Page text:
QUESTION: But actions speak louder than words. On Taiwan, how do you explain these arms sales to Taiwan is going to affect the relationship right after the meeting?

MR PRICE: Well, we have always said that we have obligations under the Taiwan Relations Act, and under the Taiwan Relations Act we make available to Taiwan defense articles and services necessary to enable Taiwan to maintain a sufficient self-defense capability. This is something that successive administrations has – have done. It in – it is entirely consistent with our “one China” policy.


QUESTION: About two – two answers ago I think you said something about how you want to be able to present yourself in the most favorable terms possible. Is it the administration’s position that China is preventing you somehow from presenting yourself in the most favorable terms possible when you go to countries in the South Pacific or Africa or elsewhere to —

MR PRICE: No, I did not intend to signal that at all.

QUESTION: Oh, okay.

MR PRICE: My intention was to say that —

QUESTION: Well, I mean, so you’re able to do that now, right?

MR PRICE: That’s right. That’s right.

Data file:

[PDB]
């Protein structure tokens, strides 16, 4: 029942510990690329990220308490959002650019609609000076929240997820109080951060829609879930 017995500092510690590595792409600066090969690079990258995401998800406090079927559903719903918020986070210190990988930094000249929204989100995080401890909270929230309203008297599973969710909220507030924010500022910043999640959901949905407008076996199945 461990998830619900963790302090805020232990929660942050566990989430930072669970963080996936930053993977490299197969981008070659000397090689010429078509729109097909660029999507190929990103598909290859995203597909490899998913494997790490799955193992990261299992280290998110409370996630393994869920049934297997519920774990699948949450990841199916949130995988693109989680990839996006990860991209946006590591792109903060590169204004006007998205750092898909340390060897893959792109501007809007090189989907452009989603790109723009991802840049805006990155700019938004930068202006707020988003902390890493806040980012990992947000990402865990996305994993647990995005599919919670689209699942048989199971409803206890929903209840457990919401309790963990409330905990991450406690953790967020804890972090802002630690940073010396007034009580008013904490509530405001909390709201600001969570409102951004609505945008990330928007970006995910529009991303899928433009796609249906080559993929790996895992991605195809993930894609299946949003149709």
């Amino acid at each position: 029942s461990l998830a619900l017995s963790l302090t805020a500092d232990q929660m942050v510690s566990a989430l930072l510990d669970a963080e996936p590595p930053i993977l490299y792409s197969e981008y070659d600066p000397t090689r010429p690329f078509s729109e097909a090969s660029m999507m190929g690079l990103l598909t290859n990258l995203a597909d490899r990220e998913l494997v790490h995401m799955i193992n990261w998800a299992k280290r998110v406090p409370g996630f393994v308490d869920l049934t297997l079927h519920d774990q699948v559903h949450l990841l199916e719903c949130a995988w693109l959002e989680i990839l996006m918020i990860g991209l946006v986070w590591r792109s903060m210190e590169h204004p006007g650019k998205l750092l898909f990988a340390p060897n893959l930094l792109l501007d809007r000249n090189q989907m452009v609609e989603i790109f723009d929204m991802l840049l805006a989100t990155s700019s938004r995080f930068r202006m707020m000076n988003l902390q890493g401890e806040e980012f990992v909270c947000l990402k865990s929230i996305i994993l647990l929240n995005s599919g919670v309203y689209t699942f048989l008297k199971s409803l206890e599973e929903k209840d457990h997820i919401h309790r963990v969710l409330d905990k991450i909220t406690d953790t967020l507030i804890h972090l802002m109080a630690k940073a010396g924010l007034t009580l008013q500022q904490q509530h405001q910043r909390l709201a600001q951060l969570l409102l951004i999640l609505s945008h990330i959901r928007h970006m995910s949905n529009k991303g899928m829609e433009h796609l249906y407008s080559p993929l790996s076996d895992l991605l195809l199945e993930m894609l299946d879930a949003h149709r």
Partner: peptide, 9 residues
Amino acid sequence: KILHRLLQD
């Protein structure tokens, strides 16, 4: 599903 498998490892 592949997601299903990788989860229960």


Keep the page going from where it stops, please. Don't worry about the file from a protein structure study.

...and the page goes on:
QUESTION: So what’s the issue, then?

MR PRICE: Well, the question was about the relationship that the PRC seeks with other countries around the world, and so I was making a distinction between —

QUESTION: Well, right, no, I understand that. But I – but you said you don’t have a problem with them seeking relations around the world —

MR PRICE: No, of course not.

QUESTION: — and this is not you forcing other countries to make a choice.

MR PRICE: It is about us describing what we’re able to bring to the table.

QUESTION: Well, so – right, okay. But you’re not saying that the Chinese are preventing you from putting your best case forward.

MR PRICE: No, I did not intend to signal that at all, no.

QUESTION: In your response to (inaudible), you mentioned human rights and so on. But on the other hand, we saw that the President just met with the OPEC leaders and so on, not known for their human rights and so on. Isn’t that a compromise on this issue? Is the United States compromising on the issue of human rights?

MR PRICE: Said, if we are going to have human rights at the center of our foreign policy – which we do – it is important that we meet with counterparts from around the world and that we speak about human rights. So if the contention is that we should only speak with our closest allies on which we see eye to eye on almost everything, that would limit our ability to conduct diplomacy, but more to the point, it would limit our ability to achieve results for the American people around the world. We can do both. We can have frank, we can have candid discussions about human rights, both at the systemic level and in terms of specific cases with our – with other countries around the world, just as we have conversations about what is in our interest.